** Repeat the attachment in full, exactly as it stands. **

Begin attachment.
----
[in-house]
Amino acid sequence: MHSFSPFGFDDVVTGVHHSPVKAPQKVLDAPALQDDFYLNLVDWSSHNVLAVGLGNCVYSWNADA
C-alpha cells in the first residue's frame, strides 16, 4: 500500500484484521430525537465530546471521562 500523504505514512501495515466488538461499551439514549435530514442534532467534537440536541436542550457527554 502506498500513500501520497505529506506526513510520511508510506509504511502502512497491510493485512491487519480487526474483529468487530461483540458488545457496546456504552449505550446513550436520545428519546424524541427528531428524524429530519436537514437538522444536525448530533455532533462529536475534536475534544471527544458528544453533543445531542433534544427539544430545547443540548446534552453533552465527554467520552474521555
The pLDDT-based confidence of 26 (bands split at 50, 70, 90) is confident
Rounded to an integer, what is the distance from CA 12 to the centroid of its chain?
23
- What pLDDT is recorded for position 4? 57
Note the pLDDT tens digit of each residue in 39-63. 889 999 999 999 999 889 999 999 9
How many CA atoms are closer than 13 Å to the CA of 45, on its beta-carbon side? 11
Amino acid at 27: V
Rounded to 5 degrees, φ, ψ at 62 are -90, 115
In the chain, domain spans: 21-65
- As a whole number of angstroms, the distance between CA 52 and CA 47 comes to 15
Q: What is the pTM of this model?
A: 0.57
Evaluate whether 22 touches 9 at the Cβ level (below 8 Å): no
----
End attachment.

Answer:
[in-house]
Amino acid sequence: MHSFSPFGFDDVVTGVHHSPVKAPQKVLDAPALQDDFYLNLVDWSSHNVLAVGLGNCVYSWNADA
C-alpha cells in the first residue's frame, strides 16, 4: 500500500484484521430525537465530546471521562 500523504505514512501495515466488538461499551439514549435530514442534532467534537440536541436542550457527554 502506498500513500501520497505529506506526513510520511508510506509504511502502512497491510493485512491487519480487526474483529468487530461483540458488545457496546456504552449505550446513550436520545428519546424524541427528531428524524429530519436537514437538522444536525448530533455532533462529536475534536475534544471527544458528544453533543445531542433534544427539544430545547443540548446534552453533552465527554467520552474521555
The pLDDT-based confidence of 26 (bands split at 50, 70, 90) is confident
Rounded to an integer, what is the distance from CA 12 to the centroid of its chain?
23
- What pLDDT is recorded for position 4? 57
Note the pLDDT tens digit of each residue in 39-63. 889 999 999 999 999 889 999 999 9
How many CA atoms are closer than 13 Å to the CA of 45, on its beta-carbon side? 11
Amino acid at 27: V
Rounded to 5 degrees, φ, ψ at 62 are -90, 115
In the chain, domain spans: 21-65
- As a whole number of angstroms, the distance between CA 52 and CA 47 comes to 15
Q: What is the pTM of this model?
A: 0.57
Evaluate whether 22 touches 9 at the Cβ level (below 8 Å): no